When it comes to fraud threats, no company — large or small — is immune.
In this week’s Data Digest, PYMNTS rounds up the latest cases and research into how corporates are being targeted with crimes like the business email compromise (BEC) scam, as well as how they’re fighting back.
The Federal Trade Commission recently filed a complaint against Yellowstone Capital, Fundry and their officers, alleging the merchant cash advance companies had been withdrawing funds from small business bank accounts. The FTC complaint also accuses the companies of deceiving mall business customers about their merchant cash advance products.
Meanwhile, research released by Agari found some of the largest corporations in the world continue to be duped by cybercriminals. The two cases reflect the breadth of fraudulent activity that can hit any kind of business. PYMNTS breaks down the numbers of the latest in B2B fraud below.
9 in 10 of ASX 100 companies were found to have lapsed security strategies that allow for email spoofing and invoice scams, a new report from Agari said. The company’s H2 2020 Email Fraud and Identity Deception Trends report revealed widespread vulnerabilities among the largest corporations, and noted 70 percent of BEC scams are sent via free webmail accounts, an increase from 54 percent last December. Security Operations Centers saw 90 times more malicious emails, and as Agari noted, these centers are struggling with a 67 false-positive rate, meaning they’re taking valuable time to assess threats within legitimate and safe emails.
15 percent more spend on cybersecurity will aim to help banks and financial firms combat cybercrime, new data from Deloitte & Touche LLP and the Financial Services Information Sharing and Analysis Center revealed, according to Bloomberg. The year-over-year cybersecurity budget increase amounts to an average spend of $2,691 per employee. As Bloomberg calculated, that would mean an estimated $850 million annual for J.P. Morgan Chase, and $900 million for Wells Fargo. Researchers also found an increase in the number of times bank employees clicked malicious links as fraudsters aimed to take advantage of the current volatility related to the pandemic.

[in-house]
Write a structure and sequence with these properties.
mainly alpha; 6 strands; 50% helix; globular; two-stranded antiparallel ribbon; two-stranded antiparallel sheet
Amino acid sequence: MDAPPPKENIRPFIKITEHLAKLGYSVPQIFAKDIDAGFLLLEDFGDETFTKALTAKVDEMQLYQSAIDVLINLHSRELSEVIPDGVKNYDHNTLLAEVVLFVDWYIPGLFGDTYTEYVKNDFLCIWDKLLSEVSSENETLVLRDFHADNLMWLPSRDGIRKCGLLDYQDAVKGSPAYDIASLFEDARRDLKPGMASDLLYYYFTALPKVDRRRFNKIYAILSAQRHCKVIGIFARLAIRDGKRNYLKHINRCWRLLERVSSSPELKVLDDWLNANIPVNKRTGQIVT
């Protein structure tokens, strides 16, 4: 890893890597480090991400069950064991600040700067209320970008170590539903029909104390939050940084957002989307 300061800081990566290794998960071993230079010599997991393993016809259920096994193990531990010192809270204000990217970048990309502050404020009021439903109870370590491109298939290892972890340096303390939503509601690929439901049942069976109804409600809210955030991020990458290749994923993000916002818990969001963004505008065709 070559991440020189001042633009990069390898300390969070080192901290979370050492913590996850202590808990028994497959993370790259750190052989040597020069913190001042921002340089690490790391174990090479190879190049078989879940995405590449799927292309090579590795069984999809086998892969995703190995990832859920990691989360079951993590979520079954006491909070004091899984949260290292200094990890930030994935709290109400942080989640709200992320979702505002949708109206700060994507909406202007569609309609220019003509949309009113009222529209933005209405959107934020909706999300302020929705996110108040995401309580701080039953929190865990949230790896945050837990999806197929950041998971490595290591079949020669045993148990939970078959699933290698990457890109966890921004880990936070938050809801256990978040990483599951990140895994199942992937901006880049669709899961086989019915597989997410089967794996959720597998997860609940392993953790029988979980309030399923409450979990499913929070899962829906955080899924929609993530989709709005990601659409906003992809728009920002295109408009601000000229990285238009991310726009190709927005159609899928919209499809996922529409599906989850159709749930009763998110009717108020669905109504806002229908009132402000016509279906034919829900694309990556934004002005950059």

1,000 companies across the globe have been targeted in a BEC scam zeroing in on Office 365, according to a new report from Trend Micro. The cybersecurity company discovered hackers collected more than 800 sets of credentials from targeted companies and their business executives in an attempt to steal corporate funds by creating false invoices, sending them to lower-level employees, and directing accounts payable departments to pay those invoices into fraudsters’ accounts. According to Trend Micro, this criminal activity continues.
$300,000 was stolen by an accountant in Australia, according to ABC.net.au reports. The accountant reportedly siphoned the money while working as a bookkeeper for a small business. After pleading guilty, the individual was sentenced to a two-year jail sentence. According to reports, the individual had access to the business’s bank accounts, allowing her to make tax payments. That access allowed the accountant to make payments from the business to her own personal account, reports said.
$5 billion in unreported debts have been disclosed by NMC Health and Finablr as part of an ongoing investigation into the UAE’s largest private healthcare provider. Earlier this year NMC disclosed the debts, leading to its collapse and and creditors placing the company into administration. As the investigation continues, reports in the Financial Times say evidence of forged documents and invoice fraud have surfaced, with pharmaceuticals company Now Neopharma probing whether NMC’s debts can be traced back to false invoices related to fake medicine sales. The Financial Times cited documents that suggest the invoice fraud scheme allowed NMC to secure loans in the UAE via Neopharma.
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